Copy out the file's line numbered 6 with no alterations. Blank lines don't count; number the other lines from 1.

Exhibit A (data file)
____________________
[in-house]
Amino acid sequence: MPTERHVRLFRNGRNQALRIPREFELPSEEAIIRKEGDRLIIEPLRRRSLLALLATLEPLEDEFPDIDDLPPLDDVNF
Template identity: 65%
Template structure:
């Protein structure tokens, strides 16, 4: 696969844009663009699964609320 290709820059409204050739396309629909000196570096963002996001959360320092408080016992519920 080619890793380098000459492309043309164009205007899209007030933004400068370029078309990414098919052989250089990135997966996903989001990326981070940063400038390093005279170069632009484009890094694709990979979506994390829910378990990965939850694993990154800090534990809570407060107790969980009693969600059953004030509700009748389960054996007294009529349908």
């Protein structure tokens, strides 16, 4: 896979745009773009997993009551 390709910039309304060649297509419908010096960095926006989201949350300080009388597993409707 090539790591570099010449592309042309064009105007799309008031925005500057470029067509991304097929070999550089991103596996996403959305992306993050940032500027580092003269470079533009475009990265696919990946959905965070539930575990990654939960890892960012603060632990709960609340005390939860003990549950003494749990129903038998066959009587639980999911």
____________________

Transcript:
């Protein structure tokens, strides 16, 4: 896979745009773009997993009551 390709910039309304060649297509419908010096960095926006989201949350300080009388597993409707 090539790591570099010449592309042309064009105007799309008031925005500057470029067509991304097929070999550089991103596996996403959305992306993050940032500027580092003269470079533009475009990265696919990946959905965070539930575990990654939960890892960012603060632990709960609340005390939860003990549950003494749990129903038998066959009587639980999911």